Living in Prescott, AZ, we are a high-desert area that has been in drought for many years, with more to come. Water is a precious commodity, and there are constant arguments and discussions about our lack of it. Aquifers (the Little Chino and the Big Chino) are being depleted at a terrifying rate, and the Big Chino is the headwaters for the Verde River, one of only a few truly natural rivers left in Arizona that will surely dry up if enough water is siphoned out of that aquifer..

Water issues see
Brian Bigelow
Jan 26, 2012 Brian Bigelow rated it it was amazing
Shelves: environment
Water is a precious resource that needs to be carefully managed. It's something that has been largely overlooked as is stated in the book. I myself am a bit of a conservationist and yet sometimes I don't the careful usage of water.

To make the case for water conservation, Australia and Singapore are examples that are used for evidence. While Singapore isn't well known for having water issues. It's still an example of careful water management and future issues. Australia on the other hand is the
Jul 23, 2015 Caroline rated it really liked it
This is a very well researched book that I would highly recommend to people already interested in the water crisis and environmental ethics. The first few chapters are very dry (no pun intended). It was hard to get through so I would not recommend this book to someone who isn't very interested in the topic. For those who are interested there is a fountain of information to be gained and the second half flows much better (ok, those last two were intended! :-P)
Feb 14, 2013 Beth rated it it was amazing
This is a very informative and important book about how we need to change our ethic in using water before it's all used up. It's especially relevant to people like myself living in the dry western US. Read it and change your ways!
Apr 23, 2015 Ivana rated it it was amazing
Shelves: non-fiction
An amazing read! Barnett delves deep into our troubles with water, both in the world and in the United States. Her knowledge and grasp of the problem is wide reaching; she not only explains the problems, but she offers real and attainable solutions.
A must read for everyone.
Jennilyn (Thiboult) Nevins
Jan 06, 2012 Jennilyn (Thiboult) Nevins rated it really liked it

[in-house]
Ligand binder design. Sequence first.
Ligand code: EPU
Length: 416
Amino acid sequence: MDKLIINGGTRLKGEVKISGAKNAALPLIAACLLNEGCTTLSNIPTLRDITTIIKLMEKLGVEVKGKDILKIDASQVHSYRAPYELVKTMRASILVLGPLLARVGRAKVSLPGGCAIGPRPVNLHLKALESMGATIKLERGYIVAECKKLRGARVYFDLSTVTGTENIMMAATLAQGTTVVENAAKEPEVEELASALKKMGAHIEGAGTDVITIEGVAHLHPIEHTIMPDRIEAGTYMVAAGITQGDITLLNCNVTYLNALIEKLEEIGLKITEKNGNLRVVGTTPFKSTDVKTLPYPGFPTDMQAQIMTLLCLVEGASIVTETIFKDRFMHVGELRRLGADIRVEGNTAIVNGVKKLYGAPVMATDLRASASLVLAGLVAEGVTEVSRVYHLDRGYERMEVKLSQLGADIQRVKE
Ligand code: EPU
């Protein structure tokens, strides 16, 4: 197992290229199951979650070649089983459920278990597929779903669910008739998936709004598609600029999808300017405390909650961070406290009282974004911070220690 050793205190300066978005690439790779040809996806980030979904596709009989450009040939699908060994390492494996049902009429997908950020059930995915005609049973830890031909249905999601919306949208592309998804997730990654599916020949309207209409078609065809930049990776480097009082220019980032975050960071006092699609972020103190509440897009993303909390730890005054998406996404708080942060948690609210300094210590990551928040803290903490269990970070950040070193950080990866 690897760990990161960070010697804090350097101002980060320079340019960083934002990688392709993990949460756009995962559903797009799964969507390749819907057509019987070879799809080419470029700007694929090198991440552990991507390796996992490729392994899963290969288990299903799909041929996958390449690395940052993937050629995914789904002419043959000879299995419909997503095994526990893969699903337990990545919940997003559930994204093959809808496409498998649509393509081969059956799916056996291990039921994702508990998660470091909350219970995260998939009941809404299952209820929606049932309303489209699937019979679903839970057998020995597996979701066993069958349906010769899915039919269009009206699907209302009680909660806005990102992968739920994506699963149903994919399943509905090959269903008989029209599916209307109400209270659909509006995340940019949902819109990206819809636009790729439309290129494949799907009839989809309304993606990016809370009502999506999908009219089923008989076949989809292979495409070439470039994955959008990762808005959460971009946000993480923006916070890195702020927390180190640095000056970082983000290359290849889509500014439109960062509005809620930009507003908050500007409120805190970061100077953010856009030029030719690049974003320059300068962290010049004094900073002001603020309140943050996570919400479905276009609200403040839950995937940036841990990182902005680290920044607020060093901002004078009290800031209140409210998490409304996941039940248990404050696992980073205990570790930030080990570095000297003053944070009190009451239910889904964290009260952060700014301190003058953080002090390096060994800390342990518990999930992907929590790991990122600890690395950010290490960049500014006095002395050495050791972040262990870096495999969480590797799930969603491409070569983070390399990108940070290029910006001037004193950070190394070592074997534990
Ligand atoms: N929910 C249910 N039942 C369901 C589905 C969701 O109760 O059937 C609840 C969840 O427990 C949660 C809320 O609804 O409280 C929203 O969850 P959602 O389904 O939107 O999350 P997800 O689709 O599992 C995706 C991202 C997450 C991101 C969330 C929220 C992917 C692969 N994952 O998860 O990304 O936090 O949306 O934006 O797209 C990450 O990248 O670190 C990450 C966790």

Recommended to Jennilyn by: Professor Klein
An eye opening book that exposes the reader to just how false a sense of security we had regarding the "abundance of water" in the US (and Florida as a resident).
Julia Pillard
Jun 17, 2015 Julia Pillard rated it it was amazing
A really enjoyable, informative read about the water issues currently facing our world. I read it for a class and enjoyed every minute of it.
Jun 14, 2012 Sam rated it it was amazing
Extremely important to read for someone interested in the future of this planet (lol, EVERYONE!!).
Mike Caulfield
Aug 04, 2013 Mike Caulfield rated it really liked it
More like a 3.5, but really well researched and presented. And brings home what an important issue this is.
Joel rated it liked it
Jul 02, 2015
Elise Capron
Elise Capron rated it it was amazing
Nov 15, 2013
Natasja rated it really liked it
May 09, 2016
Carrie Naughton
Carrie Naughton rated it really liked it
Apr 09, 2013
Amber Todoroff
Amber Todoroff rated it it was amazing
Jul 18, 2012
Anda rated it really liked it
Aug 08, 2016
Charles Warner
Charles Warner rated it it was amazing
Jun 04, 2016
Laura Lorek
Laura Lorek rated it liked it
Apr 27, 2015
Sierra rated it it was amazing
Jun 08, 2015
Andrew rated it it was ok
Mar 15, 2014
Lindsy Iglesias
Lindsy Iglesias rated it it was ok
Jan 06, 2013
Royce rated it it was amazing
Jul 10, 2013
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Cynthia Barnett is the author of "Rain: A Natural and Cultural History," longlisted for the 2015 National Book Award. Her previous books are "Mirage: Florida and the Vanishing Water of the Eastern U.S." named by The Tampa Bay Times as one of the top 10 books that every Floridian should read, and "Blue Revolution: Unmaking America's Water Crisis" a Boston Globe top 10 science book of 2011.

The Globe